However, I do understand that, when it comes to actual experience in thse matters, YMMV.

  24. 115

    i  say  pray about it. dt stress over it.

  25. 116

    Correct me if I’m wrong but don’t bachelor parties usually involve strippers?  
    I think she’s getting herself worked up for no reason.  Unless she has a legitimate reason to distrust him and thinks he had sex with one of them, then I think this party was harmless.  And talking about getting a masseuse like it’s some sort of payback is just counterproductive.  Trust seems to be lacking here.  

  26. 117

    One step removed from prostitution and one step removed from being a John.

  27. 118

    Gia I could not have put that better myself. Well said! 

  28. 119

    Evan is so spot on I can’t add anything for the most part. The only thing I will say is that it is not the SOON to be wife’s part to interfere with what kind of party her SOON to be husband has… also, it isn’t the STB husband who is making the plans so he has no control over it, that job is the best man’s. It is the best man’s decision of where to throw the party, when it happens, and how many naked strippers will be there…. It is a right of passage that every man has to go through before they get married. These uptight STB wives should just mind there own business and worry about there own bachelorette party. for the commenters that are bitching about how it is disrepectful to the marriage and to the wife…. They are not married yet… how is watching strippers disrespectful? Stripper bachelor parties are not sex orgies… most of the time there is a security guard that the ladies bring to keep things in line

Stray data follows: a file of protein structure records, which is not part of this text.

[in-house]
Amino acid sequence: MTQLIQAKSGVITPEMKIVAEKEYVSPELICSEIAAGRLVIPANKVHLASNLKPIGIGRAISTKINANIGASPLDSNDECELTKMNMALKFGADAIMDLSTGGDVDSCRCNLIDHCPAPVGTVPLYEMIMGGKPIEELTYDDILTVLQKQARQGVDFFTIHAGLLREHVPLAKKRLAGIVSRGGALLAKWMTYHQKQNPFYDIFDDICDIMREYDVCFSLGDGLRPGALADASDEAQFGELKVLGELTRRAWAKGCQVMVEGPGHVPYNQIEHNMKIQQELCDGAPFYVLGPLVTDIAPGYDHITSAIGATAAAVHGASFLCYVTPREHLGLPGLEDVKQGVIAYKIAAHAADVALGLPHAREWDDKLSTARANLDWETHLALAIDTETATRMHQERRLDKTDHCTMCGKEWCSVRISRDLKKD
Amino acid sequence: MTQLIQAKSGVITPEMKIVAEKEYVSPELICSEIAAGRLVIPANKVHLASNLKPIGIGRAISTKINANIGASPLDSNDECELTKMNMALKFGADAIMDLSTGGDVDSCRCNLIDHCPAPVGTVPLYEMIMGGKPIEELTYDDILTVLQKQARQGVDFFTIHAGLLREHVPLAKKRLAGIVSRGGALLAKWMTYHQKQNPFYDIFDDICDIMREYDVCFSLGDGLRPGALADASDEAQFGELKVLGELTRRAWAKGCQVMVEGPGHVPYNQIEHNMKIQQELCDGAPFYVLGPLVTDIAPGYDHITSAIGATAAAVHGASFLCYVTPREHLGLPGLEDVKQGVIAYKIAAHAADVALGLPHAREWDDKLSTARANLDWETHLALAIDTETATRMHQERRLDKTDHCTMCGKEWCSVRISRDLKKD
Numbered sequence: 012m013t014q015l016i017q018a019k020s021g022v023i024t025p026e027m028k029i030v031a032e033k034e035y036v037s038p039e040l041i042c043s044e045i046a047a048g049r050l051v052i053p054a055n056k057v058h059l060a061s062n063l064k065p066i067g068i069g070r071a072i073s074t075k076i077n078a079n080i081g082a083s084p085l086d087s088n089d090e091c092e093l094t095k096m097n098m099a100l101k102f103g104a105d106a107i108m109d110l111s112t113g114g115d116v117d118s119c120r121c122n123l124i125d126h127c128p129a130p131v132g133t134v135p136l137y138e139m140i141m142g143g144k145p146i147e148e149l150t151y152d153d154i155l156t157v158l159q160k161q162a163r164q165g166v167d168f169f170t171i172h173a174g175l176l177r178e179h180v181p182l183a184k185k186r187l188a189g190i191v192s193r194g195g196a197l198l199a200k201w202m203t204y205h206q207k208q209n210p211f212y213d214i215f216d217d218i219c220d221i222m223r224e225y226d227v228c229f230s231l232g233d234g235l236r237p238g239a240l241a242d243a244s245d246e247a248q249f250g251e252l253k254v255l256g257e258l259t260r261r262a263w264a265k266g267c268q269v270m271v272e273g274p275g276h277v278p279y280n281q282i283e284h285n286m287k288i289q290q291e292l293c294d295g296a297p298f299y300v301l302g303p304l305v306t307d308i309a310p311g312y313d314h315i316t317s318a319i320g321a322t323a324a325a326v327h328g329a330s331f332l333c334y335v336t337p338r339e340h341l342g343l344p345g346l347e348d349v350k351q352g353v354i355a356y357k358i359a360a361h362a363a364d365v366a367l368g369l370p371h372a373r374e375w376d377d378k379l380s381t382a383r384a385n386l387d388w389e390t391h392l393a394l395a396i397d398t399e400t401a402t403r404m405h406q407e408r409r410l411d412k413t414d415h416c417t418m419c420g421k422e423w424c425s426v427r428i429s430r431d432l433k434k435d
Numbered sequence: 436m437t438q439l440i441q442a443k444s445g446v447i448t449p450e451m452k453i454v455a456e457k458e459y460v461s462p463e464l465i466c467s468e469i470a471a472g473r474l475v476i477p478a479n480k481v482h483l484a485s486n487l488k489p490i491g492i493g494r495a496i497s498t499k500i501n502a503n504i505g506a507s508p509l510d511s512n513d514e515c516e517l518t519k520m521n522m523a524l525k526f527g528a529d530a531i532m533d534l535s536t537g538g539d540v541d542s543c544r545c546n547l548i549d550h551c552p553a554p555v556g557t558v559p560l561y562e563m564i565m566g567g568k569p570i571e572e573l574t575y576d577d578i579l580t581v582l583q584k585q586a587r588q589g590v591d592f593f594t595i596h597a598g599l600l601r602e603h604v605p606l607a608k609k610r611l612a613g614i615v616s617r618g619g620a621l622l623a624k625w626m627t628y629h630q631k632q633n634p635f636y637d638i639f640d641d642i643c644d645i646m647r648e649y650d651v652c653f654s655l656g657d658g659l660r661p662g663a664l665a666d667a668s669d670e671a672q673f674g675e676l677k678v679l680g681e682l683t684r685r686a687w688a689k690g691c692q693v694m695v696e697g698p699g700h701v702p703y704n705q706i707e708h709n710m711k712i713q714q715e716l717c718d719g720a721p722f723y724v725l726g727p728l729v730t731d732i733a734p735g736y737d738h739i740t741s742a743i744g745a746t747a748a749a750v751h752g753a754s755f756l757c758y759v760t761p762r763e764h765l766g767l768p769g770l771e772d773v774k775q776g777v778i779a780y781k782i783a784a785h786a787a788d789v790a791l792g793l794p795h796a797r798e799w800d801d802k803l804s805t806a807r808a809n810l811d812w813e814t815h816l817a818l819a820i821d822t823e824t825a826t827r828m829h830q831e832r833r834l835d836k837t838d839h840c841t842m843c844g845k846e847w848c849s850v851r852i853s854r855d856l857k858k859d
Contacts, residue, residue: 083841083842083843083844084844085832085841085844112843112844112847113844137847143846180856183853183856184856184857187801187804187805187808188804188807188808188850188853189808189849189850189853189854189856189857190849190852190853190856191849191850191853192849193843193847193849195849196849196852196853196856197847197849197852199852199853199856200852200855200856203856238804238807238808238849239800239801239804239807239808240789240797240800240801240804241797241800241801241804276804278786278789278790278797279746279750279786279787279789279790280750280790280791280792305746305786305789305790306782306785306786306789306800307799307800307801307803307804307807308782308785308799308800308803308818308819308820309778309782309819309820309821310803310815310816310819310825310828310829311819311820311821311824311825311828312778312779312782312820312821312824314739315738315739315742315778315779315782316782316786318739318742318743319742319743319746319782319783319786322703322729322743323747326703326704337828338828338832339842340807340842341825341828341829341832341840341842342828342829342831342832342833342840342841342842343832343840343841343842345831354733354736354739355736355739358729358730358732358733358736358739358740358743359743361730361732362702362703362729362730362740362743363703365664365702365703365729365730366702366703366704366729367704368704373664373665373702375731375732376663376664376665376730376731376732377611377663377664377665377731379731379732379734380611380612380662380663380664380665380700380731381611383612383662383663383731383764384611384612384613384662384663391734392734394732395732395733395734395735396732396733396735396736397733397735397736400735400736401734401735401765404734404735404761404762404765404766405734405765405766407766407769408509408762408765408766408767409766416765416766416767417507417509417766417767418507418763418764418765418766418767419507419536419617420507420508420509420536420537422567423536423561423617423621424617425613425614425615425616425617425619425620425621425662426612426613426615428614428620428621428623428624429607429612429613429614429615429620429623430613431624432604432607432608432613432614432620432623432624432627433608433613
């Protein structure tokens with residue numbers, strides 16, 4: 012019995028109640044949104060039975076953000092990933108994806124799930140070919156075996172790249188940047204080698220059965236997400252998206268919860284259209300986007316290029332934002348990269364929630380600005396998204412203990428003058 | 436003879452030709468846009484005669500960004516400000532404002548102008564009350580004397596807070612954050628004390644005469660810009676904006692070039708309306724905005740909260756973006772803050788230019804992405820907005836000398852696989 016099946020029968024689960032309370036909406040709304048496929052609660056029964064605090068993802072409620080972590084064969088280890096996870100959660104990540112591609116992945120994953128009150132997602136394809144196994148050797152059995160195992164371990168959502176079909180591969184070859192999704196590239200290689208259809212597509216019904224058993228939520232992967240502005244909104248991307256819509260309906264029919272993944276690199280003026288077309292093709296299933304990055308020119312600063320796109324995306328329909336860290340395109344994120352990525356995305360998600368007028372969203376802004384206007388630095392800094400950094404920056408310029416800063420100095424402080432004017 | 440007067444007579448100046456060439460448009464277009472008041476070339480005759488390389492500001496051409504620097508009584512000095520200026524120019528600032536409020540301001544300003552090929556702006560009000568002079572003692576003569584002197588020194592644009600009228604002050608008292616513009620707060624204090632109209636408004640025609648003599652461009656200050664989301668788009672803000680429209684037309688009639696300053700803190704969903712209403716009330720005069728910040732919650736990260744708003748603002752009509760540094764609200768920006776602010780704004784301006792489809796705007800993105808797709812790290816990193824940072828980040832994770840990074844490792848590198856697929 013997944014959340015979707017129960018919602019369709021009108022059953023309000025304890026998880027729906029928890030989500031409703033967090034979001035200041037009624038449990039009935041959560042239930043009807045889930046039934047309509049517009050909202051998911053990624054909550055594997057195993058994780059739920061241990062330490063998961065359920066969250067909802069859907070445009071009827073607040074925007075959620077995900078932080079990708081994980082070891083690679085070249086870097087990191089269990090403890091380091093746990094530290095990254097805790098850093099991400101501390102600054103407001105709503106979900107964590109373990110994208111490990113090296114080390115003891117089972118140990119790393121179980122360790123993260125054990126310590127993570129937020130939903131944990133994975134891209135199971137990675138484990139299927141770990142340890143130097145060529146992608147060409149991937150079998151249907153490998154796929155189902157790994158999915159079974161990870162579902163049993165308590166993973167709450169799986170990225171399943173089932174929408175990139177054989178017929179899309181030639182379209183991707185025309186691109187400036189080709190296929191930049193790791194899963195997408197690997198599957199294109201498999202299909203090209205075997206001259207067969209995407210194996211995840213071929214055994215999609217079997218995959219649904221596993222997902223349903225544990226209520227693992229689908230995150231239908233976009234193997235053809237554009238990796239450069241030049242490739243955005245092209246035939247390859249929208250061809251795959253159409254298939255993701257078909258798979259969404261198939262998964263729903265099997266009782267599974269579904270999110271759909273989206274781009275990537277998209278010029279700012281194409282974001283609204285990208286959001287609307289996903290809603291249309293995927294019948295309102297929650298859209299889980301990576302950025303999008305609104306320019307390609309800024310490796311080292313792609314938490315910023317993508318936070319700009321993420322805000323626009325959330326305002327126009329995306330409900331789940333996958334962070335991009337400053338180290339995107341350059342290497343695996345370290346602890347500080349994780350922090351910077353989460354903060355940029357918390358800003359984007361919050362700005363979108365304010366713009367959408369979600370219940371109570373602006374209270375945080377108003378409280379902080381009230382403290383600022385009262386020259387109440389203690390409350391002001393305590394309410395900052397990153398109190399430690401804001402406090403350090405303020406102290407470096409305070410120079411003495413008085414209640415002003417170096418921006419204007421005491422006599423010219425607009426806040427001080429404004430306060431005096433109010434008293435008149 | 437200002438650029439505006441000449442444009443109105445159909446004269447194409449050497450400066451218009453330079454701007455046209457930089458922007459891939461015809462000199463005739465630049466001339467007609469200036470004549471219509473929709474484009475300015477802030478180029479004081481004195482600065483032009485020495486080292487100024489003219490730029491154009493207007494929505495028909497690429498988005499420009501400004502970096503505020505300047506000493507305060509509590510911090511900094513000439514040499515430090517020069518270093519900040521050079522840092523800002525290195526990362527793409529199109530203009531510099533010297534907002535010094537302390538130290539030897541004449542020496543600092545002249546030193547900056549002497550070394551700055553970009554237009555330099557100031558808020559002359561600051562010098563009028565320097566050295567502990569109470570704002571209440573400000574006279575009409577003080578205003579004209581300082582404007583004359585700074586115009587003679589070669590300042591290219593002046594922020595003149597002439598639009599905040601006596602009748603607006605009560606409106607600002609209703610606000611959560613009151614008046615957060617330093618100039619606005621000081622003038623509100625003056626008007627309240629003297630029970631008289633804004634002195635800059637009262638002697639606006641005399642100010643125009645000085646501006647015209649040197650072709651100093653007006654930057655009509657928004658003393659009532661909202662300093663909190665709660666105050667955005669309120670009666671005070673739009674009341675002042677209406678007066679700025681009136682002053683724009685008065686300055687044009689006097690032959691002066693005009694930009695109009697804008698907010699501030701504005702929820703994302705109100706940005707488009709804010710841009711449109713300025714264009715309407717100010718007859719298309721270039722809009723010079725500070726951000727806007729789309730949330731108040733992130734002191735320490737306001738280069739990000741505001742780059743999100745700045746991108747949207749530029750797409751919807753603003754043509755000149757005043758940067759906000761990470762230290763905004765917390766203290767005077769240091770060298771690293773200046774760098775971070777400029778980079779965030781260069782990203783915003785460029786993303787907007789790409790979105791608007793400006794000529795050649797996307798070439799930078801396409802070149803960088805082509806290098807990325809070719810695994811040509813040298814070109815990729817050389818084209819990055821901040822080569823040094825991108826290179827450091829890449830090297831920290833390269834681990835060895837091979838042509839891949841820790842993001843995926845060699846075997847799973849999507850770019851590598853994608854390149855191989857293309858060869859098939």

29. 120
    Logic Alert

    Many of you women who have a problem with this have either not enough or too much self esteem.

    1. The strippers are for the groomsmen, not the groom.

    2.The groomsen aren’t going to encourage the groom to cheat with the stripper.

    3. The groom is there to have fun with his friends, not to have a wild night with a stripper. A stripper just happens to he there.

    If you are really going to let something like that bother you then you will have trouble finding a strong independent man to marry you and probably will settle for a weaker, more timid man who will quietly resent you for the way you act out your insecurities and never letting him leave “the nest”, so to speak.